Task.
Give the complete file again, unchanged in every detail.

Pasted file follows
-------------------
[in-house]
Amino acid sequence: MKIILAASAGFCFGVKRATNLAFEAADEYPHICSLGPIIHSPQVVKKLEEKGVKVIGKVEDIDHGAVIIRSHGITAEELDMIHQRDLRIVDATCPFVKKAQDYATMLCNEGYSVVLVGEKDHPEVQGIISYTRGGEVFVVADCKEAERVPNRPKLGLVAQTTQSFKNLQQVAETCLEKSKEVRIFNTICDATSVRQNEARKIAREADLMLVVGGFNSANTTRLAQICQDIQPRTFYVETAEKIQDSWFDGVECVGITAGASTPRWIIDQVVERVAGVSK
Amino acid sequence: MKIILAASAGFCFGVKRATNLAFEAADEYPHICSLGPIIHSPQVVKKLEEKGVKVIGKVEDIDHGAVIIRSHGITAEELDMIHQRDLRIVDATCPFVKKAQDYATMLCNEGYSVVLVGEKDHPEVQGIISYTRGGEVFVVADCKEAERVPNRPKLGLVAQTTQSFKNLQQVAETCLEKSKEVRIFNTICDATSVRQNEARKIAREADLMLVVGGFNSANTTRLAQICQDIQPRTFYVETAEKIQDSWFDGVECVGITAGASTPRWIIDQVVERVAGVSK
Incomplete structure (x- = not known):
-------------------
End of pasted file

[in-house]
Amino acid sequence: MKIILAASAGFCFGVKRATNLAFEAADEYPHICSLGPIIHSPQVVKKLEEKGVKVIGKVEDIDHGAVIIRSHGITAEELDMIHQRDLRIVDATCPFVKKAQDYATMLCNEGYSVVLVGEKDHPEVQGIISYTRGGEVFVVADCKEAERVPNRPKLGLVAQTTQSFKNLQQVAETCLEKSKEVRIFNTICDATSVRQNEARKIAREADLMLVVGGFNSANTTRLAQICQDIQPRTFYVETAEKIQDSWFDGVECVGITAGASTPRWIIDQVVERVAGVSK
Amino acid sequence: MKIILAASAGFCFGVKRATNLAFEAADEYPHICSLGPIIHSPQVVKKLEEKGVKVIGKVEDIDHGAVIIRSHGITAEELDMIHQRDLRIVDATCPFVKKAQDYATMLCNEGYSVVLVGEKDHPEVQGIISYTRGGEVFVVADCKEAERVPNRPKLGLVAQTTQSFKNLQQVAETCLEKSKEVRIFNTICDATSVRQNEARKIAREADLMLVVGGFNSANTTRLAQICQDIQPRTFYVETAEKIQDSWFDGVECVGITAGASTPRWIIDQVVERVAGVSK
Incomplete structure (x- = not known):